Social activist and community organizer Tarana Burke first created the phrase “Me Too” on MySpace in a 2006 campaign to promote “empowerment through empathy” among women of color who experienced sexual abuse. The phrase was then popularized by actress Alyssa Milano when she encouraged women to tweet it to “give people a sense of the magnitude of the problem.” Millions spoke up! So there really is power in numbers!

4. Me Too SignTime Magazine recognized “the Silence Breakers” as its “person” of the year. Oprah Winfrey summed up the impact of these whistleblowers recently in a moving speech at “The Golden Globes,” which even encouraged rally cries for her possible future presidential candidacy. “For too long, women have not been heard or believed if they dare speak the truth to the power of those men. But their time is up. Their time is up … So I want all the girls watching here, now, to know that a new day is on the horizon! And when that new day finally dawns, it will be because of a lot of magnificent women … and some pretty phenomenal men, fighting hard to make sure that they become the leaders who take us to the time when nobody ever has to say ‘Me too’ again.”

5. Bloody fistsWanting a better life and literally “fighting” hard for it brings us to a kick-ass film pick this week, “Bare Knuckles,” starring stuntwoman/actress Jeannette Roxborough. Based on an inspiring true story, the film follows single mom, Samantha Rogers, a stuntwoman by day and cocktail waitress by night in a rowdy, dank club. Samantha is struggling to make ends meet for her and her disabled young daughter, Milla. Facing sleazy customers and a dead-end future, she is forced to use some deft fighting skills to stop a two-woman drunken bar fight, only to be recognized by a down and out fight promoter. Martin Kove plays Sonny Cool, the fight manager, who offers Samantha a chance at “the show.” He invites her to train for the underground, illegal bare knuckles all female fight circuit where brutality and elegance mix with high stakes and deception.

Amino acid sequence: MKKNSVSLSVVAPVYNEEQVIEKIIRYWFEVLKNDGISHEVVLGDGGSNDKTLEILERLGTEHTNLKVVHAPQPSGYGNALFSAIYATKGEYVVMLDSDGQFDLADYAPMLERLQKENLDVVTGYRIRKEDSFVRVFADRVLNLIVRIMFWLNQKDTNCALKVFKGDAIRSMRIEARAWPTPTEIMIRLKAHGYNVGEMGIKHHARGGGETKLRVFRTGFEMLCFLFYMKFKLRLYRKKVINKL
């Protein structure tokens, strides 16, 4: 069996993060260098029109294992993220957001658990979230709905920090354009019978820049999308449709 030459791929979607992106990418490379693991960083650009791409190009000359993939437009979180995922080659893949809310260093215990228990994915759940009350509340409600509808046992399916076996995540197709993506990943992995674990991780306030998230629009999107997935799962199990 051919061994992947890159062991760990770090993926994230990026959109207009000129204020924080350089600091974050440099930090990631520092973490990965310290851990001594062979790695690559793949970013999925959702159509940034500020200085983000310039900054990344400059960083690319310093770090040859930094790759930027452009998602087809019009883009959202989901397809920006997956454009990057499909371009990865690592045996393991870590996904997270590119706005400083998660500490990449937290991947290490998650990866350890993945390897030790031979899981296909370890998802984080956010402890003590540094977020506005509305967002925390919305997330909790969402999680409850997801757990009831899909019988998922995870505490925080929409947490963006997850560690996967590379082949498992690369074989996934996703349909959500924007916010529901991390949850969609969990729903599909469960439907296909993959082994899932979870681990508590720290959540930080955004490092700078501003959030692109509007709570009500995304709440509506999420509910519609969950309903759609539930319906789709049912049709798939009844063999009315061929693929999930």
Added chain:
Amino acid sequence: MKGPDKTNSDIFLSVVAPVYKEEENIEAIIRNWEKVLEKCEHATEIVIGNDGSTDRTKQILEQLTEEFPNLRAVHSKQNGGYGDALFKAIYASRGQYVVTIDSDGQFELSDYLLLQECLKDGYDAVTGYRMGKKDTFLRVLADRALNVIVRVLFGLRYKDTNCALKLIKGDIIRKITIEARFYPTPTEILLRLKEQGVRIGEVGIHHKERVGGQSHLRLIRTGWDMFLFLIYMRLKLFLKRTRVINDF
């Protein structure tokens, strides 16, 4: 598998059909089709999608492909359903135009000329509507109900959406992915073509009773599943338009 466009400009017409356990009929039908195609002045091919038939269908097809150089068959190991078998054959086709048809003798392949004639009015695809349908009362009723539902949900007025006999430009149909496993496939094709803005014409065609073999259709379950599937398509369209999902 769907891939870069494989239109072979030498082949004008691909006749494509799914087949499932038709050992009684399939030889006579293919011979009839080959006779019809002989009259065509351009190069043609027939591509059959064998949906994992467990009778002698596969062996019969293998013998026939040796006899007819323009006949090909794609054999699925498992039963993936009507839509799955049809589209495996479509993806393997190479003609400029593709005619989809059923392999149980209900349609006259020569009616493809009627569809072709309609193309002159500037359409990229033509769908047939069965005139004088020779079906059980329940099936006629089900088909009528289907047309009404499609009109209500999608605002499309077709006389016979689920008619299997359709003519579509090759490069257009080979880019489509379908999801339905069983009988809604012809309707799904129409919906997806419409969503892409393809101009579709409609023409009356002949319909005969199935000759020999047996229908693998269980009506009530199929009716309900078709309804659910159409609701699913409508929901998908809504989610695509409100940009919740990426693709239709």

6. Bare Knuckles movie posterIf you’re looking for an empowering female lead, who thrives on strength and determination and who won’t be saying #MeToo, then check out 2013’s “Bare Knuckles” on here.

Chan’s Trademark Fight Choreography Saves “The 36 Crazy Fists”
by John Francis

1. Jackie Chan PosterMartial arts superstar Jackie Chan made (or produced, directed and choreographed fight scenes) literally hundreds of films in his native Hong Kong and other Asian countries before trying to make his mark in America.

It took Chan several years and many attempts to break into Hollywood with his films. His first Hollywood film was “The Big Brawl” in 1980 and then a minor role in 1981’s “The Cannonball Run.” The former was a flop, the latter a hit that didn’t have anything to do with Chan, but its big American stars such as Burt Reynolds, Deam Martin, Roger Moore, Dom DeLuise, and Farrah Fawcett.

It wasn’t until 1995’s “Rumble in the Bronx,” which starred Chan and featured his trademark dazzling fight choreography mixed with his winsome, almost-slapstick humor. The film attained a cult status, especially when it was released on VHS.